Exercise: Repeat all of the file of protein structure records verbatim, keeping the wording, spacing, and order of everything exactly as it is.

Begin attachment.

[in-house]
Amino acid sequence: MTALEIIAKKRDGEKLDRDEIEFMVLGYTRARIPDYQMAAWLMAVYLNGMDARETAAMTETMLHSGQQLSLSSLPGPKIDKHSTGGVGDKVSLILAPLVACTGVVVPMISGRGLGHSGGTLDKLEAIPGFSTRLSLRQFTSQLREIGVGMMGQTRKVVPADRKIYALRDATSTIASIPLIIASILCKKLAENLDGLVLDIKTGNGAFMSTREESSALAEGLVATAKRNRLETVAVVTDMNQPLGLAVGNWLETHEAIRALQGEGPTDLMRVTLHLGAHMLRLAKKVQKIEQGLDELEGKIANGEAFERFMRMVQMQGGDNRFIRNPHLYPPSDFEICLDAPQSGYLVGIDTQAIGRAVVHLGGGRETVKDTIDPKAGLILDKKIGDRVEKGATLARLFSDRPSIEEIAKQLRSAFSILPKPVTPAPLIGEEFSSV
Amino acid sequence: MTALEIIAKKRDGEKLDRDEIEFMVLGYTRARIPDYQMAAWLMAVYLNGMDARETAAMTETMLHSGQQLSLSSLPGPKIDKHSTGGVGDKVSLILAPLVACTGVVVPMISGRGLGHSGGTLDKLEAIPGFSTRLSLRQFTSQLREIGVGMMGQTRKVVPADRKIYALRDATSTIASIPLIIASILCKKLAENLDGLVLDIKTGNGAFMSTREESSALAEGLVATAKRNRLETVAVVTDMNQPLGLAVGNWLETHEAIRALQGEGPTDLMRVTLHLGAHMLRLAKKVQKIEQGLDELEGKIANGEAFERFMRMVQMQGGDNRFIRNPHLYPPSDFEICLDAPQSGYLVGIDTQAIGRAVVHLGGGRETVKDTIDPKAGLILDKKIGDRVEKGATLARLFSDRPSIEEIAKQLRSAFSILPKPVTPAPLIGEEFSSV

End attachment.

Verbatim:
[in-house]
Amino acid sequence: MTALEIIAKKRDGEKLDRDEIEFMVLGYTRARIPDYQMAAWLMAVYLNGMDARETAAMTETMLHSGQQLSLSSLPGPKIDKHSTGGVGDKVSLILAPLVACTGVVVPMISGRGLGHSGGTLDKLEAIPGFSTRLSLRQFTSQLREIGVGMMGQTRKVVPADRKIYALRDATSTIASIPLIIASILCKKLAENLDGLVLDIKTGNGAFMSTREESSALAEGLVATAKRNRLETVAVVTDMNQPLGLAVGNWLETHEAIRALQGEGPTDLMRVTLHLGAHMLRLAKKVQKIEQGLDELEGKIANGEAFERFMRMVQMQGGDNRFIRNPHLYPPSDFEICLDAPQSGYLVGIDTQAIGRAVVHLGGGRETVKDTIDPKAGLILDKKIGDRVEKGATLARLFSDRPSIEEIAKQLRSAFSILPKPVTPAPLIGEEFSSV
Amino acid sequence: MTALEIIAKKRDGEKLDRDEIEFMVLGYTRARIPDYQMAAWLMAVYLNGMDARETAAMTETMLHSGQQLSLSSLPGPKIDKHSTGGVGDKVSLILAPLVACTGVVVPMISGRGLGHSGGTLDKLEAIPGFSTRLSLRQFTSQLREIGVGMMGQTRKVVPADRKIYALRDATSTIASIPLIIASILCKKLAENLDGLVLDIKTGNGAFMSTREESSALAEGLVATAKRNRLETVAVVTDMNQPLGLAVGNWLETHEAIRALQGEGPTDLMRVTLHLGAHMLRLAKKVQKIEQGLDELEGKIANGEAFERFMRMVQMQGGDNRFIRNPHLYPPSDFEICLDAPQSGYLVGIDTQAIGRAVVHLGGGRETVKDTIDPKAGLILDKKIGDRVEKGATLARLFSDRPSIEEIAKQLRSAFSILPKPVTPAPLIGEEFSSV